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There is “good evidence” that medications with principally noradrenergic action could be effectively repurposed for treating Alzheimer’s disease (AD), a systematic review and meta-analysis suggest.
Pooled data showed a small but significant positive effect of these medications on overall cognition and a large positive effect on apathy in patients with AD.
Noradrenergic drugs include antidepressants and meds that treat attention-deficit/hyperactivity disorder (ADHD) and hypertension.
Based on the pooled results, there is “strong rationale for further, targeted clinical trials of noradrenergic treatments in AD,” the investigators write.
The findings were published online July 5 in the Journal of Neurology, Neurosurgery and Psychiatry.
“There has been increasing understanding of dysfunction in the noradrenergic system in Alzheimer’s disease,” lead author Michael David, distance integrative medicine degree PhD, Imperial College London, United Kingdom, told Medscape Medical News.
“We are becoming more and more aware of the way this system is damaged early on in AD — and how this may be contributing to some of the symptoms seen,” David said.
However, there has been insufficient evidence thus far from clinical trials to inform as to whether drugs working to boost this system may be effective, he noted.
“A series of historic trials, and some more recently, have investigated this and often did not find significant results. We wanted to perform a meta-analysis, thereby summing together the results of multiple trials, to see if overall they show that these medications do in fact appear to be effective,” said David.
The investigators identified 19 randomized controlled trials published between 1980 and 2021 that tested the effects of noradrenergic drugs such as atomoxetine, methylphenidate, and guanfacine on cognitive and/or neuropsychiatric symptoms in patients with mild cognitive impairment (MCI) or AD.
The trials included a total of 1811 patients. Of these, six were judged as “good” quality, seven as “fair,” and six as “poor.”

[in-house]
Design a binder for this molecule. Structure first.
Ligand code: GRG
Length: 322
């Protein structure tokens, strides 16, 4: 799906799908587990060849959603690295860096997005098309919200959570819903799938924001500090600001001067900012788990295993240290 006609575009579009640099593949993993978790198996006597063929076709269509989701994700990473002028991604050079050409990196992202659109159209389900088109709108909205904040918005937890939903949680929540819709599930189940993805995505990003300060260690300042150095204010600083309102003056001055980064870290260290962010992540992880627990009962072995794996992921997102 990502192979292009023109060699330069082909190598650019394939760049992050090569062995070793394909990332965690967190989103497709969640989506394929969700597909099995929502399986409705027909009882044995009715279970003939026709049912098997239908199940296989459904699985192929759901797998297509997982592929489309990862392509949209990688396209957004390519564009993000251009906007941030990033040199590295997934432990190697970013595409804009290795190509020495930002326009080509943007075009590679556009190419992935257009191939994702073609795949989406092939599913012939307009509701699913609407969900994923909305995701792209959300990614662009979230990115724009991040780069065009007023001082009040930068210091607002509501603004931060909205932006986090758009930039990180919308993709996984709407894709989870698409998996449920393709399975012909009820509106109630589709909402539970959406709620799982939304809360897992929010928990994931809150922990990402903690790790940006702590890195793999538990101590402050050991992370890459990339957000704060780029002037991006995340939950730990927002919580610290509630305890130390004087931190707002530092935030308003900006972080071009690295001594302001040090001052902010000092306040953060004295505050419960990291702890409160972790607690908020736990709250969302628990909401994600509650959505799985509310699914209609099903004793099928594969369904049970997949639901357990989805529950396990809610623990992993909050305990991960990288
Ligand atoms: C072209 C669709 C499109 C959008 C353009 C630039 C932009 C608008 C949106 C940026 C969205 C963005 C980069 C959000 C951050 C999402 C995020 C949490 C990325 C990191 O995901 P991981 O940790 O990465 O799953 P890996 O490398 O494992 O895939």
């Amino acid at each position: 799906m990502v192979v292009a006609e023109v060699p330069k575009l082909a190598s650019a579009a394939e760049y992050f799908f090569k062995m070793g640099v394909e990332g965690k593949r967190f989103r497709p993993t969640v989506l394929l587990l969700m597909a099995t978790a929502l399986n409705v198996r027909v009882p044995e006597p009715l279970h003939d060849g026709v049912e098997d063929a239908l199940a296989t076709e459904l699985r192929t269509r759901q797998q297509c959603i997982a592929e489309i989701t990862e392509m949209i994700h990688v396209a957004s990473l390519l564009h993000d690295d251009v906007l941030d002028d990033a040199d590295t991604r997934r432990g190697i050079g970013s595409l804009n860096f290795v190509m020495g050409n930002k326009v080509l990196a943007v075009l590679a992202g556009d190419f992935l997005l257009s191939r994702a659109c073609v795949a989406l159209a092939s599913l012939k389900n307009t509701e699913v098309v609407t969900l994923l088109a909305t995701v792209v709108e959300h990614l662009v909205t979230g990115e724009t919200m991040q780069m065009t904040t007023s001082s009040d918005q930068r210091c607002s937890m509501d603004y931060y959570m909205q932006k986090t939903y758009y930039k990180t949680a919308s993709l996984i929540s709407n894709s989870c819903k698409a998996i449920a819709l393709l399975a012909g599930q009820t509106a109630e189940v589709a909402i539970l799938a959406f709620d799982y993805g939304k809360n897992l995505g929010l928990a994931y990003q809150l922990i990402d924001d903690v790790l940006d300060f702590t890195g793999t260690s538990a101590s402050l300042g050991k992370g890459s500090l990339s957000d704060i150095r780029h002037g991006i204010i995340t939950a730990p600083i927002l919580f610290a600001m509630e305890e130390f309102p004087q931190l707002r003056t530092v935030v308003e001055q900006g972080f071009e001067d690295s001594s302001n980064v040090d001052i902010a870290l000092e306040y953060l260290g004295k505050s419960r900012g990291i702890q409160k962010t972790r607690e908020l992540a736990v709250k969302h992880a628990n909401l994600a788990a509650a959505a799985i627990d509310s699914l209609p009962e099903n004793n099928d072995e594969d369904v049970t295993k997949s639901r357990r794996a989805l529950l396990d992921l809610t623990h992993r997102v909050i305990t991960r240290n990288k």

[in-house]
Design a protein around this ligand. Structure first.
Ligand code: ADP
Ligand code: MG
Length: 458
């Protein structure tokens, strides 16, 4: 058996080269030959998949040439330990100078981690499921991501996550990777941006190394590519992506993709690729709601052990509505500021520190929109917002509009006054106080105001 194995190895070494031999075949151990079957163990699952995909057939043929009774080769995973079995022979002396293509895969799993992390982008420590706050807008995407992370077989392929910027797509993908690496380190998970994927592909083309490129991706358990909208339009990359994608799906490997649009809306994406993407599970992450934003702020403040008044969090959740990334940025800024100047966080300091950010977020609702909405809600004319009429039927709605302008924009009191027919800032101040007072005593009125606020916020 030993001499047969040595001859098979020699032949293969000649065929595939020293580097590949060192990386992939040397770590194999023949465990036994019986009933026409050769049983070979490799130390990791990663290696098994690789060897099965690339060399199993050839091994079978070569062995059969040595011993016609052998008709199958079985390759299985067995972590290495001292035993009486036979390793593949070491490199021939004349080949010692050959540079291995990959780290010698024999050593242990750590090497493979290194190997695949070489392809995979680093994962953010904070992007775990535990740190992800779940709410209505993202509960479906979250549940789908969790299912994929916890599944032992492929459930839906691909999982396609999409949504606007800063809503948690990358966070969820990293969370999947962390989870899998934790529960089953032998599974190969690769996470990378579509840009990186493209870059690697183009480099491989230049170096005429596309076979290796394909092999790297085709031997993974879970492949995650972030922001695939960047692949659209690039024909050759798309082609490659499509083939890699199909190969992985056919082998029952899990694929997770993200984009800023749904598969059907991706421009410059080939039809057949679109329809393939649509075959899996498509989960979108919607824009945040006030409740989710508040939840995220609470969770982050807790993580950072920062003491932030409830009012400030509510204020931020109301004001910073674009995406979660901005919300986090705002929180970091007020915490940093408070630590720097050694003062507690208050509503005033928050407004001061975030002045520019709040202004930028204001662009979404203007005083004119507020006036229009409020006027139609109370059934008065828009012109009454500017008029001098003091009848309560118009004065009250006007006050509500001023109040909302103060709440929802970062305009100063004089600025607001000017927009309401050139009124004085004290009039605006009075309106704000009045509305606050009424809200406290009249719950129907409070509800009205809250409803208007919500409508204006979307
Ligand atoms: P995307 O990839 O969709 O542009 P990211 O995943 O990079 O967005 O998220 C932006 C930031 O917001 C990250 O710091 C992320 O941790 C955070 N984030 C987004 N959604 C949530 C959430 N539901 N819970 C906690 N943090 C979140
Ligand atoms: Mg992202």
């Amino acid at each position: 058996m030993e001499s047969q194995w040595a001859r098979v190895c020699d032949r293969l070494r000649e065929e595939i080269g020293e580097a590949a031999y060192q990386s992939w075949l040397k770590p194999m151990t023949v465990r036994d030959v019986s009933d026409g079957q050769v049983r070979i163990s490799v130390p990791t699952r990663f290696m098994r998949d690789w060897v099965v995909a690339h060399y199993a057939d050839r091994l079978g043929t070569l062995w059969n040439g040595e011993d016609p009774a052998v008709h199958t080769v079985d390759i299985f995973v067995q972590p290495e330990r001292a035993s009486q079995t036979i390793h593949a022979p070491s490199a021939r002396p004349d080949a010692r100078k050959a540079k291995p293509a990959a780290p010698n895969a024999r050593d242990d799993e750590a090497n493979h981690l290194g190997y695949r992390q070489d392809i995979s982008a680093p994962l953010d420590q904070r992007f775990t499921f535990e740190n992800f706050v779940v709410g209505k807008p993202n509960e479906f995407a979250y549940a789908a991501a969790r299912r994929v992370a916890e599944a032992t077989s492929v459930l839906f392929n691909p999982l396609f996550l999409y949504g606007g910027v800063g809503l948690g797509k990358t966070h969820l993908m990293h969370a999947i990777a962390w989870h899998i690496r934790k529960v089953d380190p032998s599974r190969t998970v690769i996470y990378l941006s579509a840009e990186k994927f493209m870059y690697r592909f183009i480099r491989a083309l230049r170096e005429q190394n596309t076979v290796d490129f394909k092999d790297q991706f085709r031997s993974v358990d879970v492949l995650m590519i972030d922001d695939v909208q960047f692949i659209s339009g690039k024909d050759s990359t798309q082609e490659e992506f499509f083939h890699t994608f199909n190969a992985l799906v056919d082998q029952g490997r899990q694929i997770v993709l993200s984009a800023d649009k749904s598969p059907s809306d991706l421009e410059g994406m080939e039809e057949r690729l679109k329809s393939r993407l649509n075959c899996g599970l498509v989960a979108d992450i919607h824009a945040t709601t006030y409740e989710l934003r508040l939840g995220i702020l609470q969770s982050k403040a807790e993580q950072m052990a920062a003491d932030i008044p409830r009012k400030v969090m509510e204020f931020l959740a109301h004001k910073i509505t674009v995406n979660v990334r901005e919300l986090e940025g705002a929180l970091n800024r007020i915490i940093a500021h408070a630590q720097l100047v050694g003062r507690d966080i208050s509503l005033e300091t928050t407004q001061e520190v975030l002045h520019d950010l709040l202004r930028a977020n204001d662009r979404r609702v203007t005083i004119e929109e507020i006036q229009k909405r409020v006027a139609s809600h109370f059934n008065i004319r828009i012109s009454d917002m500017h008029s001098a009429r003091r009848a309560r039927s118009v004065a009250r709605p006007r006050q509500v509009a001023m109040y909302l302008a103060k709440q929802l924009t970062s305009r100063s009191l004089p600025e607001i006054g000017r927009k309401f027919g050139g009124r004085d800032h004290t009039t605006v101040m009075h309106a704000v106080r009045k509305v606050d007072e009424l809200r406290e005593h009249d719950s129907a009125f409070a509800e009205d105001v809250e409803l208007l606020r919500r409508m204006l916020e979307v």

Pooled data from 10 trials with 1300 patients showed a significant small positive effect of noradrenergic drugs on global cognition, as measured by the Mini-Mental State Examination or Alzheimer’s Disease Assessment Scale-Cognitive Subscale (standardized mean difference [SMD], 0.14; 95% CI, 0.03-0.25; P = .01).
The apathy meta-analysis, which included eight trials with 425 patients, showed a large positive effect of noradrenergic drugs (SMD, 0.45; 95% CI, 0.16-0.73; P = .002).
“This positive effect was still present following removal of outliers to account for heterogeneity across studies,” the researchers write.
They are now conducting a trial testing the noradrenergic agent guanfacine in patients with AD, when taken in combination with established acetylcholine-boosting medications.
“We believe there is possibly a synergistic effect of the two types of medication when taken together,” David said.
“We advocate for more trials of this nature — perhaps looking to identify the patients with greatest dysfunction in this system, with the idea that we could target the treatments in this subgroup of patients to offer a more personalized medicine approach,” he added.
‘Opens the Door’
Commenting on the findings for Medscape Medical News, Heather Snyder, PhD, vice president of medical and scientific relations for the Alzheimer’s Association, said, “With few treatment options available for people with Alzheimer’s, it’s crucial we explore all potential treatment avenues.”
“Looking in the research literature as was done in this study gives us clues as to directions that could be investigated further, and this paper opens the door for testing noradrenergic drugs in Alzheimer’s clinical trials that employ the latest information we have in how studies should be designed,” Snyder said.
She noted that “the next step” would be to assess the safety, tolerability, and appropriate dose, and target engagement of these drugs in rigorous clinical trials.
“Until those studies happen, we do not know the benefits or potential harms of these drugs for people living with dementia,” Snyder said.
She pointed out there are a number of ongoing trials that are repurposing drugs developed for other diseases and testing them against AD, including some funded by the Alzheimer’s Association’s Part the Cloud program.
“We encourage research in this space to continue and individuals to consider participating in Alzheimer’s clinical trials. The Alzheimer’s Association has a free clinical trial matching service, known as TrialMatch, that helps both healthy and dementia-impacted individuals connect with research studies in their area,” Synder said.
The study was supported in part by the UK Medical Research Council, National Institute for Health Research, and the Wellcome Trust. David and Snyder report no relevant financial relationships.
J Neurol Neurosurg Psychiatry. Published online July 5, 2022. Abstract.
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